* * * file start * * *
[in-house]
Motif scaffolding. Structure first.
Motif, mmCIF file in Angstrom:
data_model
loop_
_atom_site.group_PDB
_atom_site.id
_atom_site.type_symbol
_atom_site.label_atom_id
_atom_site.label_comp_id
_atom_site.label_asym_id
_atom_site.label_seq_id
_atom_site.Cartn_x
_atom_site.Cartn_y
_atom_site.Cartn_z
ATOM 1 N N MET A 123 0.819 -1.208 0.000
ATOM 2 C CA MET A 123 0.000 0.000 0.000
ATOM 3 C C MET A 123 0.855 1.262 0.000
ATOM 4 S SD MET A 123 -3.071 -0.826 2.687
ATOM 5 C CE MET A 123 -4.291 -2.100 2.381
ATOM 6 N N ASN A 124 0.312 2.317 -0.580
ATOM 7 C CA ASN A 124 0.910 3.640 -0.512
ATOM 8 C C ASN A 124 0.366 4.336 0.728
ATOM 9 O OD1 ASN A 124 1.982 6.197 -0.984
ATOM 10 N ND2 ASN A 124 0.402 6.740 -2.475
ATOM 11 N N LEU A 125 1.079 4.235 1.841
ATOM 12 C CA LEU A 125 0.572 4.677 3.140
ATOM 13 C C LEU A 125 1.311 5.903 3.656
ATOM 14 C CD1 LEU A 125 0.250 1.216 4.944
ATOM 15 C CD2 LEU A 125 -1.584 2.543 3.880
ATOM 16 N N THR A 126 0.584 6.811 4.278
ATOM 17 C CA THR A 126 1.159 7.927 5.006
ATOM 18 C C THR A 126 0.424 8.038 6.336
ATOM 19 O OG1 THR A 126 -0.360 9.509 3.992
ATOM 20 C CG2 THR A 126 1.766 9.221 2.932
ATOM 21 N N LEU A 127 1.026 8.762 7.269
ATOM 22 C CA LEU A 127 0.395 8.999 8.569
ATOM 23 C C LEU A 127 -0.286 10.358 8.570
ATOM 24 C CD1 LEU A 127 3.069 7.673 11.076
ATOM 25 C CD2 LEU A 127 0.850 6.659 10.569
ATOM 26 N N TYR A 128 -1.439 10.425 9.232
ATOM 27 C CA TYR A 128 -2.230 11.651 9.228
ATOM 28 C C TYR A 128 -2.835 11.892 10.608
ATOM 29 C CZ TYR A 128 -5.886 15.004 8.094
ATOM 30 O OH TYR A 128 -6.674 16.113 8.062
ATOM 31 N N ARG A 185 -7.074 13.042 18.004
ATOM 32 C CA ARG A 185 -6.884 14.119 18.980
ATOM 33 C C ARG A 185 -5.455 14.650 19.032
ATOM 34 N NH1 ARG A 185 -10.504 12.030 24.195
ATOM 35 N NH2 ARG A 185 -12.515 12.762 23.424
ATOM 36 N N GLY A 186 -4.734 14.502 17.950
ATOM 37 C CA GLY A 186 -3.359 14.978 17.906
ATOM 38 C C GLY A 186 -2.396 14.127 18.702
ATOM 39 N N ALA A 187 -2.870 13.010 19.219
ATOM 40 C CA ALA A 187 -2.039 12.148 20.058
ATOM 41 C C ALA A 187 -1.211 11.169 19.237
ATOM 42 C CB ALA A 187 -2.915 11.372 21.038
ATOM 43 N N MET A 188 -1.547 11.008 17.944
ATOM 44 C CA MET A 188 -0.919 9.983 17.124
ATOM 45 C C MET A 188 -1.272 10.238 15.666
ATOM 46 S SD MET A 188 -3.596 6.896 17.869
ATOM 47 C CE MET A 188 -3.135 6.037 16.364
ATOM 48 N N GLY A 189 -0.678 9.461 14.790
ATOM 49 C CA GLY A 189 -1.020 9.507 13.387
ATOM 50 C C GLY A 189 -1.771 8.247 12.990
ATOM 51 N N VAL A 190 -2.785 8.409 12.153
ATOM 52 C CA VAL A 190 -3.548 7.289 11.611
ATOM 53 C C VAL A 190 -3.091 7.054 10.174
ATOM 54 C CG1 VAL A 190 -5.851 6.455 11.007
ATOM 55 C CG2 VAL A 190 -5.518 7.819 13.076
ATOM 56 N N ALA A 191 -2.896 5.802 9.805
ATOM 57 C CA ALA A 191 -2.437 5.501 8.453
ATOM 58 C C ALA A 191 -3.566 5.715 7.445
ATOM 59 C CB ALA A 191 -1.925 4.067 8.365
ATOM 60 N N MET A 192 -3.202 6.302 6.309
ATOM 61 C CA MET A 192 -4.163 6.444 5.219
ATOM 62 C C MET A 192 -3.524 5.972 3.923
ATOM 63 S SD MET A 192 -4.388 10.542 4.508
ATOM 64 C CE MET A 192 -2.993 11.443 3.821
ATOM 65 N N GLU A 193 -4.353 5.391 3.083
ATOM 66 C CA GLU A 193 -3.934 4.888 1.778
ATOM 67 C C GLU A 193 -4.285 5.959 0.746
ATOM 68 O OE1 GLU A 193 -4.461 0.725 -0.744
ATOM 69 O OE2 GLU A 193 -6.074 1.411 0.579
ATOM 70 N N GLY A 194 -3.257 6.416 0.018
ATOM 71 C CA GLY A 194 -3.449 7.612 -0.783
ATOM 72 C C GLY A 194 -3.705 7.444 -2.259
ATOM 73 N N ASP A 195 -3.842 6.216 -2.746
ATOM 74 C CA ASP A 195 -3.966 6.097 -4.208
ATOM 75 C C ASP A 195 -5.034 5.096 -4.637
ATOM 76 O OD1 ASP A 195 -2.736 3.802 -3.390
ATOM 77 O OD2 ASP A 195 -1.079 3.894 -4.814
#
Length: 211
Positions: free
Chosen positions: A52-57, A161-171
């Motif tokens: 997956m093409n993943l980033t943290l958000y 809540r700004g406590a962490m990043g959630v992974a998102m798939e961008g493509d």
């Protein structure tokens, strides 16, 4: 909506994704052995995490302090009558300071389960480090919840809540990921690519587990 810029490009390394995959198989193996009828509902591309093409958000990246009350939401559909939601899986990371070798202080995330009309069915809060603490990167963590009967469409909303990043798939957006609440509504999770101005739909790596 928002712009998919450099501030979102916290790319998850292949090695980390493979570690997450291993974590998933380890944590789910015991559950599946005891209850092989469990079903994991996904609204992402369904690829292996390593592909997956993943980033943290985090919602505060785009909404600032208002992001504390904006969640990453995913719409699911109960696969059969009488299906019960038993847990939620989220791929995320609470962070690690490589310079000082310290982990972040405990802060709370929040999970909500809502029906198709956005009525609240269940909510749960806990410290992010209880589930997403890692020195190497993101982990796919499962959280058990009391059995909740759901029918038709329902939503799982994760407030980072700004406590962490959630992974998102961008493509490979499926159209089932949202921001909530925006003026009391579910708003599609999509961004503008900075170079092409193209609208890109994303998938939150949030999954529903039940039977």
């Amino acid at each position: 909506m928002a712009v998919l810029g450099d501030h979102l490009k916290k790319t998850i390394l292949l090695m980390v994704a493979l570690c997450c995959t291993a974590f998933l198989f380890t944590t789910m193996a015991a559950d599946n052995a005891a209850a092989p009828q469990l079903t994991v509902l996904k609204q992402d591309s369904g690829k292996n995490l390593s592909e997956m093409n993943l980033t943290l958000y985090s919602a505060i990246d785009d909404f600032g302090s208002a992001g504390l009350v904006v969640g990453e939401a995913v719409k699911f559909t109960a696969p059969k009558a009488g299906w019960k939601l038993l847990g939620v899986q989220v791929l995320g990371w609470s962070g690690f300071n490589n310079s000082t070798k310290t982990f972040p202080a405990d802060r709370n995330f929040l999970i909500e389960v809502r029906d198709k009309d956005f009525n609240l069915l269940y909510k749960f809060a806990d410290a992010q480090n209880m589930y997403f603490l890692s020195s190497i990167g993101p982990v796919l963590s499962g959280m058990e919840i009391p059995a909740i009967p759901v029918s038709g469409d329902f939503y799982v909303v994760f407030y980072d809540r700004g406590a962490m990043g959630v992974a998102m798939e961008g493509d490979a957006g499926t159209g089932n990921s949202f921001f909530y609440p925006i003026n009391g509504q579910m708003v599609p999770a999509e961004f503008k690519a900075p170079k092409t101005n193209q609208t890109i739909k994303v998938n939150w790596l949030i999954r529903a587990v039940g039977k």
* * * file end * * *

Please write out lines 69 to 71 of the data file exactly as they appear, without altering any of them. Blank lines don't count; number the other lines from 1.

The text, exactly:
ATOM 54 C CG1 VAL A 190 -5.851 6.455 11.007
ATOM 55 C CG2 VAL A 190 -5.518 7.819 13.076
ATOM 56 N N ALA A 191 -2.896 5.802 9.805